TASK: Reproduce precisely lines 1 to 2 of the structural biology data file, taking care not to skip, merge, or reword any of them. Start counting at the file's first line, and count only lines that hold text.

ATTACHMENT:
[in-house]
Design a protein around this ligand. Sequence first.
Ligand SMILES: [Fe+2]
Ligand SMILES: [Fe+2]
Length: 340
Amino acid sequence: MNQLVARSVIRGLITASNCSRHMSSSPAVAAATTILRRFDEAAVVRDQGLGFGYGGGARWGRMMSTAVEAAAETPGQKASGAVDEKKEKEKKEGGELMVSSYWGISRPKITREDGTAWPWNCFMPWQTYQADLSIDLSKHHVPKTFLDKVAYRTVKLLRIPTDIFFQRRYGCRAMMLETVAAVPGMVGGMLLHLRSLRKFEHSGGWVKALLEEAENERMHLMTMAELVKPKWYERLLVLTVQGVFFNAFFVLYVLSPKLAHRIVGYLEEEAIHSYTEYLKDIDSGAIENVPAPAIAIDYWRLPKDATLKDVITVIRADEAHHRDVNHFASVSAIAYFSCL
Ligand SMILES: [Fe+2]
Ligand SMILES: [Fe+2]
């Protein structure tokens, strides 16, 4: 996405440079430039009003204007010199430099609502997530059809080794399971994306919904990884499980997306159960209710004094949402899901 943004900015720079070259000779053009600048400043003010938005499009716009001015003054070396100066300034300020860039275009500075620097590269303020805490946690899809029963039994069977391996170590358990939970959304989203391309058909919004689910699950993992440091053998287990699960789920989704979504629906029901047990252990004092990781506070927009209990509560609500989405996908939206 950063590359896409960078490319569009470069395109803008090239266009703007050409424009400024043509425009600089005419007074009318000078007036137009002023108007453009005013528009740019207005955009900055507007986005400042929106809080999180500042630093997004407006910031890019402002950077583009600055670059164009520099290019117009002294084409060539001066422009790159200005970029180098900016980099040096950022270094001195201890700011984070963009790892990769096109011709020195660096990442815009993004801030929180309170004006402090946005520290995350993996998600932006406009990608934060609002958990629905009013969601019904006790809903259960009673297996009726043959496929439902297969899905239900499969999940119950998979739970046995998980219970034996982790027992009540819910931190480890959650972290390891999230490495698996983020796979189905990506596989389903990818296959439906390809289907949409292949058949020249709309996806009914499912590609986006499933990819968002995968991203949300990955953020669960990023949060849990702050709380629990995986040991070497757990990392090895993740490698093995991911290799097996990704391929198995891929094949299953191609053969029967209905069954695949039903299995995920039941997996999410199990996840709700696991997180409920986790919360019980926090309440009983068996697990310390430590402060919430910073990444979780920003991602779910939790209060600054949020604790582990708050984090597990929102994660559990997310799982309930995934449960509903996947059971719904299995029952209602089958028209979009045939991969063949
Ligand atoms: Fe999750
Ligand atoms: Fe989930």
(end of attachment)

[in-house]
Design a protein around this ligand. Sequence first.